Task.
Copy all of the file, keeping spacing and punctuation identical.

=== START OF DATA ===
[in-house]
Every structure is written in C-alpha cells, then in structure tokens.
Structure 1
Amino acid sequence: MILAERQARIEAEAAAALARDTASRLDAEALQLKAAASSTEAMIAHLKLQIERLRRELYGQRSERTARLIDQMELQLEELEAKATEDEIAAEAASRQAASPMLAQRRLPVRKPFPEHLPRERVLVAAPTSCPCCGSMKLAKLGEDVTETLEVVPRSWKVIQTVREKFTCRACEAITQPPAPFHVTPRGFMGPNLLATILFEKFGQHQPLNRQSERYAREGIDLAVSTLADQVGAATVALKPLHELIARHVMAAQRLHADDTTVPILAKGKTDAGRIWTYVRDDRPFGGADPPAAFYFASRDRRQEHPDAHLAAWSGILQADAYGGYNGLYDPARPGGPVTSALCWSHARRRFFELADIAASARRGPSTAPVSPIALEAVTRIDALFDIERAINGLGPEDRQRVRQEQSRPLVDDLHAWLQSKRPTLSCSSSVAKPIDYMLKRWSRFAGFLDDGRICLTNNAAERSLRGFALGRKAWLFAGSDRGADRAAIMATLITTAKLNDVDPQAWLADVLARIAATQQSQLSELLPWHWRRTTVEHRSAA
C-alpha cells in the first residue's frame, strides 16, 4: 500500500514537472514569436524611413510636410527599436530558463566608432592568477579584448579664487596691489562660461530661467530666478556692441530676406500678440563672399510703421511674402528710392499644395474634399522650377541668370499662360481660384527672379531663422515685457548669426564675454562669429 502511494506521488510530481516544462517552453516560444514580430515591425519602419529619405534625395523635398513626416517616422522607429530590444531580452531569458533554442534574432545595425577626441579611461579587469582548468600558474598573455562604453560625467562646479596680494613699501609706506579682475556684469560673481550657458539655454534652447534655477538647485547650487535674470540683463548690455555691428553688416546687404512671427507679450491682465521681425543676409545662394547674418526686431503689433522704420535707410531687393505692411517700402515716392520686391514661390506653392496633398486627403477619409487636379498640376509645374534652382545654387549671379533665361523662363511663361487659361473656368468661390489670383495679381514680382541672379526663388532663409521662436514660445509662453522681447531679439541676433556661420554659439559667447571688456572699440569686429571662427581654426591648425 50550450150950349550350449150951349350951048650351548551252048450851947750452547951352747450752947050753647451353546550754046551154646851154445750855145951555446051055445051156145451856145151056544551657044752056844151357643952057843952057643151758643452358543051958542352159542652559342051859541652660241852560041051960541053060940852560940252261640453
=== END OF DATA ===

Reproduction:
[in-house]
Every structure is written in C-alpha cells, then in structure tokens.
Structure 1
Amino acid sequence: MILAERQARIEAEAAAALARDTASRLDAEALQLKAAASSTEAMIAHLKLQIERLRRELYGQRSERTARLIDQMELQLEELEAKATEDEIAAEAASRQAASPMLAQRRLPVRKPFPEHLPRERVLVAAPTSCPCCGSMKLAKLGEDVTETLEVVPRSWKVIQTVREKFTCRACEAITQPPAPFHVTPRGFMGPNLLATILFEKFGQHQPLNRQSERYAREGIDLAVSTLADQVGAATVALKPLHELIARHVMAAQRLHADDTTVPILAKGKTDAGRIWTYVRDDRPFGGADPPAAFYFASRDRRQEHPDAHLAAWSGILQADAYGGYNGLYDPARPGGPVTSALCWSHARRRFFELADIAASARRGPSTAPVSPIALEAVTRIDALFDIERAINGLGPEDRQRVRQEQSRPLVDDLHAWLQSKRPTLSCSSSVAKPIDYMLKRWSRFAGFLDDGRICLTNNAAERSLRGFALGRKAWLFAGSDRGADRAAIMATLITTAKLNDVDPQAWLADVLARIAATQQSQLSELLPWHWRRTTVEHRSAA
C-alpha cells in the first residue's frame, strides 16, 4: 500500500514537472514569436524611413510636410527599436530558463566608432592568477579584448579664487596691489562660461530661467530666478556692441530676406500678440563672399510703421511674402528710392499644395474634399522650377541668370499662360481660384527672379531663422515685457548669426564675454562669429 502511494506521488510530481516544462517552453516560444514580430515591425519602419529619405534625395523635398513626416517616422522607429530590444531580452531569458533554442534574432545595425577626441579611461579587469582548468600558474598573455562604453560625467562646479596680494613699501609706506579682475556684469560673481550657458539655454534652447534655477538647485547650487535674470540683463548690455555691428553688416546687404512671427507679450491682465521681425543676409545662394547674418526686431503689433522704420535707410531687393505692411517700402515716392520686391514661390506653392496633398486627403477619409487636379498640376509645374534652382545654387549671379533665361523662363511663361487659361473656368468661390489670383495679381514680382541672379526663388532663409521662436514660445509662453522681447531679439541676433556661420554659439559667447571688456572699440569686429571662427581654426591648425 50550450150950349550350449150951349350951048650351548551252048450851947750452547951352747450752947050753647451353546550754046551154646851154445750855145951555446051055445051156145451856145151056544551657044752056844151357643952057843952057643151758643452358543051958542352159542652559342051859541652660241852560041051960541053060940852560940252261640453